For several weeks now, Washington has been abuzz
with rumors that U.S. President George W. Bush is preparing to attack nuclear
and other sites in Iran this spring rumors deemed sufficiently credible
that lawmakers from both parties are hastily preparing legislation precisely
to prevent such an eventuality.
The evidence cannot be ignored.
As cited by former CIA officer Philip
Giraldi in the most recent edition of American Conservative, Bush's
charges that Iran is supplying bombs to Shi'ite militias to kill U.S. soldiers
in Iraq; the seizure by U.S. forces of Iranian diplomatic and intelligence officials
there; the deployment of two aircraft carrier groups with a flotilla of minesweepers
to the Gulf; the supply of Patriot antimissile batteries to Washington's allies
in the region; the unprecedented appointment of a navy admiral and former combat
pilot as the head of Central Command; the "surge" of as many as 40,000
troops into Iraq; persistent reports of U.S. covert operations inside Iran
all suggest that Washington is preparing for a military confrontation, and soon.
No one doubts that the administration has developed detailed plans for attacking
Iran and is certainly putting in place a formidable armada that, if so ordered,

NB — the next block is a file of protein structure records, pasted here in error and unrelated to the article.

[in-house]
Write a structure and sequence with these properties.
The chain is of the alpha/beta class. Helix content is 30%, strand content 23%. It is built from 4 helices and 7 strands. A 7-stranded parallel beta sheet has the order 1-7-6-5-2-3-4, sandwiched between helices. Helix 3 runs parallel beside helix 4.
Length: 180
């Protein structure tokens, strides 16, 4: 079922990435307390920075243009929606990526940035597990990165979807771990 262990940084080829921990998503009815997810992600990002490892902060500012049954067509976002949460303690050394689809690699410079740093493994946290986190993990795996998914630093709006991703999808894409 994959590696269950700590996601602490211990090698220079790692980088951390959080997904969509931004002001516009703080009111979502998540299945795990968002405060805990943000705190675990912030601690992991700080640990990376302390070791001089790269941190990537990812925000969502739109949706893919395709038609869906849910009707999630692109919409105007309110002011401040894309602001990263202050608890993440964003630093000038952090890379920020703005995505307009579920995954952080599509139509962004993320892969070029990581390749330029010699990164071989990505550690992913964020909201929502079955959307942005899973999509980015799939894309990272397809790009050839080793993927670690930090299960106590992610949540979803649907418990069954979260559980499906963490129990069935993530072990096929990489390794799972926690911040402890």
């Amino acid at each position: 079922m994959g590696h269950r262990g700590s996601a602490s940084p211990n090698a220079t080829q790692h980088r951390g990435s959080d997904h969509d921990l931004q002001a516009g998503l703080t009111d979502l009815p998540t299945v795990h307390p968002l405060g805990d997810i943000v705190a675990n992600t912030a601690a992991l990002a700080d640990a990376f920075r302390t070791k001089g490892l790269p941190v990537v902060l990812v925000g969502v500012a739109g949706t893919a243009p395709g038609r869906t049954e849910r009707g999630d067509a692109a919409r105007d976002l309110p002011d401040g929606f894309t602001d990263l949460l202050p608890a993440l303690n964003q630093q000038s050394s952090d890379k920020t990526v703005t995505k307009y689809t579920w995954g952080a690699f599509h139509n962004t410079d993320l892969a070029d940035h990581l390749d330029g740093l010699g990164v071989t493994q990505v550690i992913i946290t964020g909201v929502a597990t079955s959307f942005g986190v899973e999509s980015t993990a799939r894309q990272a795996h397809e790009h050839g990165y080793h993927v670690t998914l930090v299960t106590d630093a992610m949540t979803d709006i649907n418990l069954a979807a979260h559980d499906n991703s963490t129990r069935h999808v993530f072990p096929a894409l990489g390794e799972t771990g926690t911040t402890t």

has the means to carry out those plans without delay.
But if indeed a decision has already been made, it appears that the faction
that led the pro-war propaganda offensive in the run-up to the Iraq invasion
and that has long favored "regime change" in Iraq the neoconservatives
has either not been clued in, or more likely, believes that any such
attack is still some time off, if it takes place at all.
It is not that the neocons don't favor war with Iran if diplomatic and other
means fail to achieve either regime change or, at the very least, Tehran's abandonment
of its nuclear program.
The group, whose views on the Middle East generally span those of Israel's
Likud Party and the extreme right, has long warned that a nuclear-armed Iran
is, in Bush's words, "unacceptable" and that military means to prevent
that outcome must be used if all other means fail.
"The only way to forestall an Iranian nuke," wrote Joshua Muravchik,
a leading neocon polemicist at the American Enterprise Institute in this month's
Foreign Service Journal, ..".is by military strikes to cripple the
regime's nuclear program."
It is, rather, more the fact that the neocons, who helped lead the yearlong
propaganda campaign to rally the country behind the invasion of Iraq in March